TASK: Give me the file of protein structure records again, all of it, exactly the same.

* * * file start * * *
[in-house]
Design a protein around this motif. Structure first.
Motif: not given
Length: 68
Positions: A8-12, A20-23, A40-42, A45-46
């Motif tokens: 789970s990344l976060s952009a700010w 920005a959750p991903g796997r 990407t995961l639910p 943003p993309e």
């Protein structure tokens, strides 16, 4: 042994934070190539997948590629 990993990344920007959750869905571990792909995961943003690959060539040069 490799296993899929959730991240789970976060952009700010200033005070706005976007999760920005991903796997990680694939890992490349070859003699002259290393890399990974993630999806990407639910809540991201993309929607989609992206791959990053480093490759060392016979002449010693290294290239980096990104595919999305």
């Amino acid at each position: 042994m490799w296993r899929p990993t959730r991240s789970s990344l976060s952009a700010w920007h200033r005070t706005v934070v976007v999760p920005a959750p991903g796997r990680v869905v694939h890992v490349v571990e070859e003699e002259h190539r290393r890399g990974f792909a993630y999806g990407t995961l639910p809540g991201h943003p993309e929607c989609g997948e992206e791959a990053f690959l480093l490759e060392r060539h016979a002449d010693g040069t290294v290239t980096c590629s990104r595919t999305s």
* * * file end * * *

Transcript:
[in-house]
Design a protein around this motif. Structure first.
Motif: not given
Length: 68
Positions: A8-12, A20-23, A40-42, A45-46
């Motif tokens: 789970s990344l976060s952009a700010w 920005a959750p991903g796997r 990407t995961l639910p 943003p993309e």
């Protein structure tokens, strides 16, 4: 042994934070190539997948590629 990993990344920007959750869905571990792909995961943003690959060539040069 490799296993899929959730991240789970976060952009700010200033005070706005976007999760920005991903796997990680694939890992490349070859003699002259290393890399990974993630999806990407639910809540991201993309929607989609992206791959990053480093490759060392016979002449010693290294290239980096990104595919999305």
């Amino acid at each position: 042994m490799w296993r899929p990993t959730r991240s789970s990344l976060s952009a700010w920007h200033r005070t706005v934070v976007v999760p920005a959750p991903g796997r990680v869905v694939h890992v490349v571990e070859e003699e002259h190539r290393r890399g990974f792909a993630y999806g990407t995961l639910p809540g991201h943003p993309e929607c989609g997948e992206e791959a990053f690959l480093l490759e060392r060539h016979a002449d010693g040069t290294v290239t980096c590629s990104r595919t999305s």